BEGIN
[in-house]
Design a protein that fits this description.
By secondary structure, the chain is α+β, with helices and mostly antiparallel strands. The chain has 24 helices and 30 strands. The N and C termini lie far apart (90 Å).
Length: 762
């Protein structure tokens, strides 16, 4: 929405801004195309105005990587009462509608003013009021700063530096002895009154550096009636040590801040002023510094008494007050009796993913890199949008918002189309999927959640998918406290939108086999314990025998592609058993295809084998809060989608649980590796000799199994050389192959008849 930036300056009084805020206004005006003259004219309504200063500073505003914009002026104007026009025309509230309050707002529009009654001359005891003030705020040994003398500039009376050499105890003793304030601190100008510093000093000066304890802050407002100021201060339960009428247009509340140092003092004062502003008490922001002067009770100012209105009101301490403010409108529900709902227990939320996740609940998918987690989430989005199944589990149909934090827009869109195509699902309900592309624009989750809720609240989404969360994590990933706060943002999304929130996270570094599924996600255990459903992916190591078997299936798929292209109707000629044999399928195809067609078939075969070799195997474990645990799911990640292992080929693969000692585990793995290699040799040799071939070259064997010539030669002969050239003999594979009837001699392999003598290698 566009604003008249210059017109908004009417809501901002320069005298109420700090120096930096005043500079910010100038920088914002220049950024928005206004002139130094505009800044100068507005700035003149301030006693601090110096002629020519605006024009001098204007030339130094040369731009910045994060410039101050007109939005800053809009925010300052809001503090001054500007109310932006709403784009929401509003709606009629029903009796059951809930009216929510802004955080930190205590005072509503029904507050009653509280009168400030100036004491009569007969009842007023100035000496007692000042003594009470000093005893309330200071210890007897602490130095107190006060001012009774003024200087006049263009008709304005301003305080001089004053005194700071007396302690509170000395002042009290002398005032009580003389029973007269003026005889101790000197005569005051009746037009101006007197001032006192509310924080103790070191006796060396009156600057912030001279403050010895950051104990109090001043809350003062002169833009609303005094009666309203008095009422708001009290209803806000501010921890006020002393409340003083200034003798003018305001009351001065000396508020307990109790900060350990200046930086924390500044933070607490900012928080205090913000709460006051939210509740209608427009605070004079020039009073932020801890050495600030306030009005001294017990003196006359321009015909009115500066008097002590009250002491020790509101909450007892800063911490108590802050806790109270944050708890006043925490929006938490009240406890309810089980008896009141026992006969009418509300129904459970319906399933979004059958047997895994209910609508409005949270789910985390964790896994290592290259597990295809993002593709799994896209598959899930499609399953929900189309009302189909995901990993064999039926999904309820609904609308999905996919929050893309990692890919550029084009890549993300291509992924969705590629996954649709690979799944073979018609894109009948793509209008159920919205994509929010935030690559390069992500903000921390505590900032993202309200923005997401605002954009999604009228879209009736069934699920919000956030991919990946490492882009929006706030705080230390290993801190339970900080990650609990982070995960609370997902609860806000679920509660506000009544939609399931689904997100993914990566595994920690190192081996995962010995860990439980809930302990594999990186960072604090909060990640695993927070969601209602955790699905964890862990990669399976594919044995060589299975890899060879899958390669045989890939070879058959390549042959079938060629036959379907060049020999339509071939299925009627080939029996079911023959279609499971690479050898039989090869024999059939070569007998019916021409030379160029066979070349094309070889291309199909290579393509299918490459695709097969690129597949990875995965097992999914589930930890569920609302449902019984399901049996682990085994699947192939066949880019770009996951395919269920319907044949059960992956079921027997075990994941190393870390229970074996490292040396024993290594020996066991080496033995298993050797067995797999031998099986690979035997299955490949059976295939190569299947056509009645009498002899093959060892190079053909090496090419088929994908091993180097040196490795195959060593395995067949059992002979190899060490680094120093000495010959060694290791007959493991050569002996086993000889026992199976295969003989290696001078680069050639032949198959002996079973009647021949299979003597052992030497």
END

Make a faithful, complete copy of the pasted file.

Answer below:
[in-house]
Design a protein that fits this description.
By secondary structure, the chain is α+β, with helices and mostly antiparallel strands. The chain has 24 helices and 30 strands. The N and C termini lie far apart (90 Å).
Length: 762
């Protein structure tokens, strides 16, 4: 929405801004195309105005990587009462509608003013009021700063530096002895009154550096009636040590801040002023510094008494007050009796993913890199949008918002189309999927959640998918406290939108086999314990025998592609058993295809084998809060989608649980590796000799199994050389192959008849 930036300056009084805020206004005006003259004219309504200063500073505003914009002026104007026009025309509230309050707002529009009654001359005891003030705020040994003398500039009376050499105890003793304030601190100008510093000093000066304890802050407002100021201060339960009428247009509340140092003092004062502003008490922001002067009770100012209105009101301490403010409108529900709902227990939320996740609940998918987690989430989005199944589990149909934090827009869109195509699902309900592309624009989750809720609240989404969360994590990933706060943002999304929130996270570094599924996600255990459903992916190591078997299936798929292209109707000629044999399928195809067609078939075969070799195997474990645990799911990640292992080929693969000692585990793995290699040799040799071939070259064997010539030669002969050239003999594979009837001699392999003598290698 566009604003008249210059017109908004009417809501901002320069005298109420700090120096930096005043500079910010100038920088914002220049950024928005206004002139130094505009800044100068507005700035003149301030006693601090110096002629020519605006024009001098204007030339130094040369731009910045994060410039101050007109939005800053809009925010300052809001503090001054500007109310932006709403784009929401509003709606009629029903009796059951809930009216929510802004955080930190205590005072509503029904507050009653509280009168400030100036004491009569007969009842007023100035000496007692000042003594009470000093005893309330200071210890007897602490130095107190006060001012009774003024200087006049263009008709304005301003305080001089004053005194700071007396302690509170000395002042009290002398005032009580003389029973007269003026005889101790000197005569005051009746037009101006007197001032006192509310924080103790070191006796060396009156600057912030001279403050010895950051104990109090001043809350003062002169833009609303005094009666309203008095009422708001009290209803806000501010921890006020002393409340003083200034003798003018305001009351001065000396508020307990109790900060350990200046930086924390500044933070607490900012928080205090913000709460006051939210509740209608427009605070004079020039009073932020801890050495600030306030009005001294017990003196006359321009015909009115500066008097002590009250002491020790509101909450007892800063911490108590802050806790109270944050708890006043925490929006938490009240406890309810089980008896009141026992006969009418509300129904459970319906399933979004059958047997895994209910609508409005949270789910985390964790896994290592290259597990295809993002593709799994896209598959899930499609399953929900189309009302189909995901990993064999039926999904309820609904609308999905996919929050893309990692890919550029084009890549993300291509992924969705590629996954649709690979799944073979018609894109009948793509209008159920919205994509929010935030690559390069992500903000921390505590900032993202309200923005997401605002954009999604009228879209009736069934699920919000956030991919990946490492882009929006706030705080230390290993801190339970900080990650609990982070995960609370997902609860806000679920509660506000009544939609399931689904997100993914990566595994920690190192081996995962010995860990439980809930302990594999990186960072604090909060990640695993927070969601209602955790699905964890862990990669399976594919044995060589299975890899060879899958390669045989890939070879058959390549042959079938060629036959379907060049020999339509071939299925009627080939029996079911023959279609499971690479050898039989090869024999059939070569007998019916021409030379160029066979070349094309070889291309199909290579393509299918490459695709097969690129597949990875995965097992999914589930930890569920609302449902019984399901049996682990085994699947192939066949880019770009996951395919269920319907044949059960992956079921027997075990994941190393870390229970074996490292040396024993290594020996066991080496033995298993050797067995797999031998099986690979035997299955490949059976295939190569299947056509009645009498002899093959060892190079053909090496090419088929994908091993180097040196490795195959060593395995067949059992002979190899060490680094120093000495010959060694290791007959493991050569002996086993000889026992199976295969003989290696001078680069050639032949198959002996079973009647021949299979003597052992030497």